(WASHINGTON) – The nation's largest union of federal employees, the American Federation of Government Employees (AFGE), today praised Congress for reaching a FY08 budget agreement which includes a well deserved pay raise for federal workers and will increase staffing levels at the Federal Protective Service. The 2008 budget also includes significant contracting out reforms and will defund the misguided MaxHR personnel system.
“We applaud the House and Senate for standing with federal employees against the nickel and dime tactics of the Bush administration,” said John Gage, AFGE national president. “This agreement honors the dedication of our nation’s invaluable federal employees.”
Also included in the budget is the full restoration of the Federal Protective Service. The legislation, sponsored by New York Senator Hillary Clinton, calls for the rehiring of the law enforcement officers lost by the Federal Protective Service through the Bush administration’s efforts to downsize the agency. The legislation also calls on the Office of Management and Budget (OMB) to appropriately fund the agency so that it may fulfill its mission of protecting America.
“The workplace safety of over one million federal employees in over two thousand American communities depends on the Federal Protective Service. The Bush administration’s scheme would place these workers at risk by reducing the level of protection around federal buildings and placing even more responsibility in the hands of private contractors. We must make sure the safety and security of our federal workers and federal facilities aren’t compromised,” said Senator Clinton.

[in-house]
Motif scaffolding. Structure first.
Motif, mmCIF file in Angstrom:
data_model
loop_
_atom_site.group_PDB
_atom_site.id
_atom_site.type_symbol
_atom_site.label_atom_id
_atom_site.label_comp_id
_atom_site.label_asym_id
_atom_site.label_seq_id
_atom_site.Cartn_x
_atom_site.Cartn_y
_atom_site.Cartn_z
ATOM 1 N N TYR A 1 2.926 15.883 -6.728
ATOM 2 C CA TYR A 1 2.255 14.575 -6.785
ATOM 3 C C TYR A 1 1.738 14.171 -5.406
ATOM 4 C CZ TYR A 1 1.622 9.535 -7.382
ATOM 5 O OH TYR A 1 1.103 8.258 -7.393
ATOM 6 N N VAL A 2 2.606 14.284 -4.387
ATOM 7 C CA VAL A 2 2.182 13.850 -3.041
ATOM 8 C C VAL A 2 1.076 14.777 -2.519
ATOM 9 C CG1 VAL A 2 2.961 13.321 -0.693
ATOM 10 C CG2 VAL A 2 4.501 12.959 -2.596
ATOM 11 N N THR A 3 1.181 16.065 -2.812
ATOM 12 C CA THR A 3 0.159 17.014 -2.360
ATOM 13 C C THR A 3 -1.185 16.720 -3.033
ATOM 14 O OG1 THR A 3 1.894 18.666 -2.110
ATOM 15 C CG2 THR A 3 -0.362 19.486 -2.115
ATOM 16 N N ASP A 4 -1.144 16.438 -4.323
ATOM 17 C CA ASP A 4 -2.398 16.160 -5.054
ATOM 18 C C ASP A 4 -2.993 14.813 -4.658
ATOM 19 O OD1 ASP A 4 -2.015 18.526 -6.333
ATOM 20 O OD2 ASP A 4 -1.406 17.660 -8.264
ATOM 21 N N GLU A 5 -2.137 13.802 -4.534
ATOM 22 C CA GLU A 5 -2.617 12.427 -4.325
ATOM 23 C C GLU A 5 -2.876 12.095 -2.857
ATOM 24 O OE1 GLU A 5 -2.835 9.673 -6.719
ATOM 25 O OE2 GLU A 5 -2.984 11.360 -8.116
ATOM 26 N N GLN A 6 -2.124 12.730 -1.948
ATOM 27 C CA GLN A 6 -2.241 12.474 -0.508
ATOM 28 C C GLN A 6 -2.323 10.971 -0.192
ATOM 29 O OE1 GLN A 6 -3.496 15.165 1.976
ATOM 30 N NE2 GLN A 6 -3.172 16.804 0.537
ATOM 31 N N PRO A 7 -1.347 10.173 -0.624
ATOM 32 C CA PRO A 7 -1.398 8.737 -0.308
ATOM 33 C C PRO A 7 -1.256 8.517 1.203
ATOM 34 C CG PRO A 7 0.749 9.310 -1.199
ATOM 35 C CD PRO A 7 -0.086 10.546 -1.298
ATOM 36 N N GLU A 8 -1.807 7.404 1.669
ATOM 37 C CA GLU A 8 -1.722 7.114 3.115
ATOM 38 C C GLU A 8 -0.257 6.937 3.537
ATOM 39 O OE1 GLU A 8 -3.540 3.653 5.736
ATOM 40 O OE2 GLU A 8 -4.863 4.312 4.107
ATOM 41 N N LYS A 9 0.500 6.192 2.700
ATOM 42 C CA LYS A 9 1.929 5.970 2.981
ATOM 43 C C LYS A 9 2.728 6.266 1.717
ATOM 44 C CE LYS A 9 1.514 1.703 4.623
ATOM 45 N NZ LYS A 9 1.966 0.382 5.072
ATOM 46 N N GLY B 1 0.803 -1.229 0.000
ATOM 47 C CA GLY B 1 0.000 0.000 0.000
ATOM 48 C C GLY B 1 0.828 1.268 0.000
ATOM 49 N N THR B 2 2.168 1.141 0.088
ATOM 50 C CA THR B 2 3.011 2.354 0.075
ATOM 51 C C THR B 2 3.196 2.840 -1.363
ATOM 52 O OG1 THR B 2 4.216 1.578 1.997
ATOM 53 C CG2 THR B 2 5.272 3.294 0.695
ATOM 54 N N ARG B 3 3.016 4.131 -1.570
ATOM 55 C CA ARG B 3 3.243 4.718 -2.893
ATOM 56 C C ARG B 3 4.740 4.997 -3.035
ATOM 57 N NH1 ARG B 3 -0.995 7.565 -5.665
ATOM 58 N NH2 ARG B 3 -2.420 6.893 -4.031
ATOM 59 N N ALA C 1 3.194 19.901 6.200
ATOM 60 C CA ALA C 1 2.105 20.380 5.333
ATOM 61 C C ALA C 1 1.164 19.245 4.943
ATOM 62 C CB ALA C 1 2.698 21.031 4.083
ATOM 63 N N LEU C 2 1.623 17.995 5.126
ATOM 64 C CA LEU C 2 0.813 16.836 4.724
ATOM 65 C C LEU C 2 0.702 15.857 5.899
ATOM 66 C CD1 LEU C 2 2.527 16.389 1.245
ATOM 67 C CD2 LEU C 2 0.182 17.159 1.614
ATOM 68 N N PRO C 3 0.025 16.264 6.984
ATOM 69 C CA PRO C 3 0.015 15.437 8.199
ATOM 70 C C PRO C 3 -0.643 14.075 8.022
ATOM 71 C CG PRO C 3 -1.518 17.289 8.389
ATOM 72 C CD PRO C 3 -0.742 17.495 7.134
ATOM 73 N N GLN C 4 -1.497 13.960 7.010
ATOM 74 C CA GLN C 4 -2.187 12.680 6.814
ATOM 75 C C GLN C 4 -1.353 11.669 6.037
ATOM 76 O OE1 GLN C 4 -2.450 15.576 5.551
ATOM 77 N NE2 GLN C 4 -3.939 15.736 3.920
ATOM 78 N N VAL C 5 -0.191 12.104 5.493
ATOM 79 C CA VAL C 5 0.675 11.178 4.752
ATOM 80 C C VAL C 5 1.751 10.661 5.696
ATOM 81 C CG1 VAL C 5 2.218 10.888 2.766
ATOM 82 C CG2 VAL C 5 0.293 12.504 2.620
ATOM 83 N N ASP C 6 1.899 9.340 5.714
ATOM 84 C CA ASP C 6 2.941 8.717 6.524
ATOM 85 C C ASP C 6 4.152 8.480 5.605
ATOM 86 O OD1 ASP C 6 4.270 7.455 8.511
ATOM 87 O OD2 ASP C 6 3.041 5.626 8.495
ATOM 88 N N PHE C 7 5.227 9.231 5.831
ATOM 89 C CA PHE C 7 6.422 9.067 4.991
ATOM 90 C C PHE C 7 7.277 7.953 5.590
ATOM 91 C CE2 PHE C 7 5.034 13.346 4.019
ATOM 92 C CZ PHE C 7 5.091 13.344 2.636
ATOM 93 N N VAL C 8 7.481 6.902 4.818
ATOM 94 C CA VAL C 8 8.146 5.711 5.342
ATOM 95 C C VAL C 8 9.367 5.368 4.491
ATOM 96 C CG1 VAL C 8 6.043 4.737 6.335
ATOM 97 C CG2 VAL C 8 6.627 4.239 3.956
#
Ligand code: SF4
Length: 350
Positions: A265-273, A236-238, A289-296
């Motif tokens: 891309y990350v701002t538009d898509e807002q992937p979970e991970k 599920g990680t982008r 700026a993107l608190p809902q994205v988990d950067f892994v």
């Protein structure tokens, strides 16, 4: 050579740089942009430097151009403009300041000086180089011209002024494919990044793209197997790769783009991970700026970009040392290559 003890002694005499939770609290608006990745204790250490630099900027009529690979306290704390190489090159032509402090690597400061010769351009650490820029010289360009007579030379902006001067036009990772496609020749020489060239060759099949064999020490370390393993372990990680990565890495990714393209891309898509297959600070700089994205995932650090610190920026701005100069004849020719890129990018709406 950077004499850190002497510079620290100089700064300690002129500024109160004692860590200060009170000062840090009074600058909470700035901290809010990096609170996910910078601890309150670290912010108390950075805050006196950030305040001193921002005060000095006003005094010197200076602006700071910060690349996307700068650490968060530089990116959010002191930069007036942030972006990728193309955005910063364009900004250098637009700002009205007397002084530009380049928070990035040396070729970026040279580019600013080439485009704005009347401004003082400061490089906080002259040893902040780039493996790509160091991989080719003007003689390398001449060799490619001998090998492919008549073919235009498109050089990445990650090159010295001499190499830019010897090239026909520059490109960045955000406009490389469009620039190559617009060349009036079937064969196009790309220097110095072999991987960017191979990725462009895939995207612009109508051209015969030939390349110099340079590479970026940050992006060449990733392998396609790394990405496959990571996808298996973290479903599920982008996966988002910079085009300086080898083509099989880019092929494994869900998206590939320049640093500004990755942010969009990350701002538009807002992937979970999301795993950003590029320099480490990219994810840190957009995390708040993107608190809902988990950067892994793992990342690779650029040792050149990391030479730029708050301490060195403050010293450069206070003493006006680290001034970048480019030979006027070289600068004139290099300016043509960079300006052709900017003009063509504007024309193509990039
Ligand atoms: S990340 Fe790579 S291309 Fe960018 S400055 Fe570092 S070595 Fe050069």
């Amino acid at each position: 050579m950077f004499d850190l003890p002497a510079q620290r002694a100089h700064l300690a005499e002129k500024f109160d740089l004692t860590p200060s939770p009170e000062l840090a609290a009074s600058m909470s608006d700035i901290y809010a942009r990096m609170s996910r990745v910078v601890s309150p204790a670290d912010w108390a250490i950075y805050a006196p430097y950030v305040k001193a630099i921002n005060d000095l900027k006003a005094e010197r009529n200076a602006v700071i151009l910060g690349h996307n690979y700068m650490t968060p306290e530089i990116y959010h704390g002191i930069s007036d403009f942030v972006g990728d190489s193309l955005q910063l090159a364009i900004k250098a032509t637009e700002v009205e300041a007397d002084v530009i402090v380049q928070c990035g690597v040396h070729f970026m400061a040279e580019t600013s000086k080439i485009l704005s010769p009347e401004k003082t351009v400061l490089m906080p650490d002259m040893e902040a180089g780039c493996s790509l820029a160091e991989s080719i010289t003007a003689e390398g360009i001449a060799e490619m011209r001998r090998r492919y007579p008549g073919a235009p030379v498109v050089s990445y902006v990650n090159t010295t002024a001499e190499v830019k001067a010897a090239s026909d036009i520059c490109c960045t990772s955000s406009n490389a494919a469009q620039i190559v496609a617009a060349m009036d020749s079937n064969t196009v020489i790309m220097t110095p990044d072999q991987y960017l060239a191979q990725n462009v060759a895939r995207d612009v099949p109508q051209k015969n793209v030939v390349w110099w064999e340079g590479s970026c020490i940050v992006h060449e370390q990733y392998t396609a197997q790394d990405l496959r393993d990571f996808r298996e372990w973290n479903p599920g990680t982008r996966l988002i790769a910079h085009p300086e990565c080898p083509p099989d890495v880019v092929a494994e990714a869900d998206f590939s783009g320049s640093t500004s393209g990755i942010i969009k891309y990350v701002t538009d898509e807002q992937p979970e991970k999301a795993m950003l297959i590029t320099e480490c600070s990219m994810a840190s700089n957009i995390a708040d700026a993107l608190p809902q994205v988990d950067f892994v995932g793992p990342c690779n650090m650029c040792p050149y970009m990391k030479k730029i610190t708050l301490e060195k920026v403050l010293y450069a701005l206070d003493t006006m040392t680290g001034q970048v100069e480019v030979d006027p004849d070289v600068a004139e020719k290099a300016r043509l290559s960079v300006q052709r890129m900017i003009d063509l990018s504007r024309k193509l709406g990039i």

AFGE also applauds Congress for making significant reforms to the privatization process, including the exclusion of health care and retirement costs from the contracting out cost comparison process in all non-Department of Defense agencies, the establishment of appeal rights for all federal employees, the prohibition against the Office of Management and Budget from telling agencies to conduct privatization studies, and the creation of a pilot project to track the cost of service contracts and the number of employees working to carry them out.
House and Senate conferees have also agreed to defund the Department of Homeland Security’s controversial Max HR program, which would have stripped DHS employees of collective bargaining rights.
“Through their agreement, Congressional conferees prevented the Bush administration’s repeated attempts to deny employees of the Department of Homeland Security (DHS) the right to collectively bargain by defunding the controversial Max HR program,” added Gage.